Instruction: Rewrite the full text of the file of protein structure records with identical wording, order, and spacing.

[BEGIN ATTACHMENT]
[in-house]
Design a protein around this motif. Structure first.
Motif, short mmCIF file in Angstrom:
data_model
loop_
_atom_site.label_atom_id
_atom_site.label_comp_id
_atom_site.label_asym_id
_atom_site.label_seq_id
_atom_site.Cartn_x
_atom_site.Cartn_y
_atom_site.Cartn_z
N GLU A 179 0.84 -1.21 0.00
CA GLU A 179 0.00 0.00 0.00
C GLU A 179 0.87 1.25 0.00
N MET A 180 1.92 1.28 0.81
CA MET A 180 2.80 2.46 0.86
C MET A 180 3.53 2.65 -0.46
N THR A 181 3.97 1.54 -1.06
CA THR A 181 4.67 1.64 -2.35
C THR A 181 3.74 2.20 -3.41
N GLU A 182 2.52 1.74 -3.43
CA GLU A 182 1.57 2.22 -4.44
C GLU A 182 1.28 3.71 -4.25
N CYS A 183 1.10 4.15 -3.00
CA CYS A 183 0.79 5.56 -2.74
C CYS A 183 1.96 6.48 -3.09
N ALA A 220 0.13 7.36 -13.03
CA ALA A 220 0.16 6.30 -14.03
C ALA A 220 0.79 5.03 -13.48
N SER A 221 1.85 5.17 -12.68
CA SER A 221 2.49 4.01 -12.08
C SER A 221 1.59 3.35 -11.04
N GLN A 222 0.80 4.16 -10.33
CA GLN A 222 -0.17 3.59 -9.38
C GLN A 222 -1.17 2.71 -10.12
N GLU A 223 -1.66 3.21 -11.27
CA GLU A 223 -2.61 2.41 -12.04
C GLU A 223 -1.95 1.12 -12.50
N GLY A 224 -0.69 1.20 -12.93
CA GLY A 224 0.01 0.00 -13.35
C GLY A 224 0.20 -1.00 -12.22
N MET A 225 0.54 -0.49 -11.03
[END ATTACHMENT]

[in-house]
Design a protein around this motif. Structure first.
Motif, short mmCIF file in Angstrom:
data_model
loop_
_atom_site.label_atom_id
_atom_site.label_comp_id
_atom_site.label_asym_id
_atom_site.label_seq_id
_atom_site.Cartn_x
_atom_site.Cartn_y
_atom_site.Cartn_z
N GLU A 179 0.84 -1.21 0.00
CA GLU A 179 0.00 0.00 0.00
C GLU A 179 0.87 1.25 0.00
N MET A 180 1.92 1.28 0.81
CA MET A 180 2.80 2.46 0.86
C MET A 180 3.53 2.65 -0.46
N THR A 181 3.97 1.54 -1.06
CA THR A 181 4.67 1.64 -2.35
C THR A 181 3.74 2.20 -3.41
N GLU A 182 2.52 1.74 -3.43
CA GLU A 182 1.57 2.22 -4.44
C GLU A 182 1.28 3.71 -4.25
N CYS A 183 1.10 4.15 -3.00
CA CYS A 183 0.79 5.56 -2.74
C CYS A 183 1.96 6.48 -3.09
N ALA A 220 0.13 7.36 -13.03
CA ALA A 220 0.16 6.30 -14.03
C ALA A 220 0.79 5.03 -13.48
N SER A 221 1.85 5.17 -12.68
CA SER A 221 2.49 4.01 -12.08
C SER A 221 1.59 3.35 -11.04
N GLN A 222 0.80 4.16 -10.33
CA GLN A 222 -0.17 3.59 -9.38
C GLN A 222 -1.17 2.71 -10.12
N GLU A 223 -1.66 3.21 -11.27
CA GLU A 223 -2.61 2.41 -12.04
C GLU A 223 -1.95 1.12 -12.50
N GLY A 224 -0.69 1.20 -12.93
CA GLY A 224 0.01 0.00 -13.35
C GLY A 224 0.20 -1.00 -12.22
N MET A 225 0.54 -0.49 -11.03